Is TV Going Mobile?

Once upon a time, TV was the center of advertising. All that has changed this year when mobile surpassed TV, quite significantly.

eMarketer’s 2017 predictions were that TV will bring in $72.72 billion dollars in ad spend with a low increase between 2.0% and 2.5% each year. While mobile was predicted to bring in $206 billion with an increase of 6.1% this year. As the end of the year is approaching, we have yet to see how these predictions faired.

In addition to mobile’s ability to reign in significant revenue, the capabilities of mobile devices are changing, allowing much more interesting and dynamic content to be used over mobile. Back in June of 2017, the 3G Partnership Project (3GPP) finalized Release 14, “which supports critical prerequisites for broadcast content delivery” for 4G and 5G networks. Release 14 marks a major transformation, where mobile is now able to provide an authentic broadcast experience.

“The Release 14 media extensions offer true ‘broadcast’ capabilities, without relying on some assumptions of cellular service, such as allowing one-way transmission, not relying on SIM cards, etc,” states Sam Rosen, VP at ABI Research.

Further highlighting mobile’s promise for TV broadcasting, the GSMA just released a study stating that by 2025 there should be 214 million people or 30% of Europe’s population with 5G networks. These figures point to a potential boom in mobile TV over the next few years.

In fact, in the US there are many unlimited plans for mobile, with providers such as Verizon, T-Mobile, At&T, etc. making it even more appealing for users to drop their home internet plan and just use their mobile device. This trend has been popular amongst millennials, who often don’t have landlines and rely on their mobile device – we may see that same trend emerging in TV.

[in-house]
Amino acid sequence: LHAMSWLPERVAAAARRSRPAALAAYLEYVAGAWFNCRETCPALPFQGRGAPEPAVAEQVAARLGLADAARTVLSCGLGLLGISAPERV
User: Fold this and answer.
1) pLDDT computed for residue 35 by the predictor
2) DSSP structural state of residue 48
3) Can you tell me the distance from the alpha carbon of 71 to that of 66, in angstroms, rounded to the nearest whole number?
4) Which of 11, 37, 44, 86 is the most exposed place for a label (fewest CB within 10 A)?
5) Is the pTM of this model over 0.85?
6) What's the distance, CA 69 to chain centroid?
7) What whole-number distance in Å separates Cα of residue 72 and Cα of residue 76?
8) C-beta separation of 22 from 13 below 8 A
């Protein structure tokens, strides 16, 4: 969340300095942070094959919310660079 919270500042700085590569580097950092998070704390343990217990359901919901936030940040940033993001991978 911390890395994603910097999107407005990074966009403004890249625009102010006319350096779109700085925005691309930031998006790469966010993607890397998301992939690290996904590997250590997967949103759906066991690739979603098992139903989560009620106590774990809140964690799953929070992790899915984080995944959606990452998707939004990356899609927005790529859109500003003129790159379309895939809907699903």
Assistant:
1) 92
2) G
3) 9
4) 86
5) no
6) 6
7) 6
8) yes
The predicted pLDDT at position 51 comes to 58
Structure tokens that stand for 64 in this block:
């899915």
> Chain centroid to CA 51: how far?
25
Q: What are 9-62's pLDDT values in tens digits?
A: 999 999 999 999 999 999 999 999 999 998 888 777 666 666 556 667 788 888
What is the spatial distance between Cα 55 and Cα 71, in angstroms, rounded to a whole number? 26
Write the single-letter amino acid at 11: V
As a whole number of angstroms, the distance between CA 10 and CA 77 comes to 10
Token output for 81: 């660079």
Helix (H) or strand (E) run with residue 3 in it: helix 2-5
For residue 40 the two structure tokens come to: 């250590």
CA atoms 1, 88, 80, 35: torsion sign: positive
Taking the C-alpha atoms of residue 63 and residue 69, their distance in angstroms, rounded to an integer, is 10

As the industry is watching the growth of mobile – many tech giants are shifting gears to accommodate the change and their users’ ever-changing preferences. In an attempt to provide TV viewers a similar experience as the web, Google just announced at the Partner Leadership Summit that they will be mimicking the digital experience on traditional TV. So instead of replacing TV for mobile they will make TV similar to mobile. But is traditional TV really what millennials want? What about addressing the true, unique nature of Mobile and solving issues concerning the small screens, shorter attention span, etc.?

“Over the years, we’ve rebuilt our video platform from the ground up — we knew that TV was a very different experience from the web and we knew that broadcasters had different challenges, infrastructure, distribution partners and content from web publishers,” says Rany Ng, Google’s director of product management for video advertising. “With TV coming to digital, we put our stake in the future of building for a better user experience — one that was connected, always on, and on-demand.”

So is TV going mobile or is Mobile changing TV for good!?

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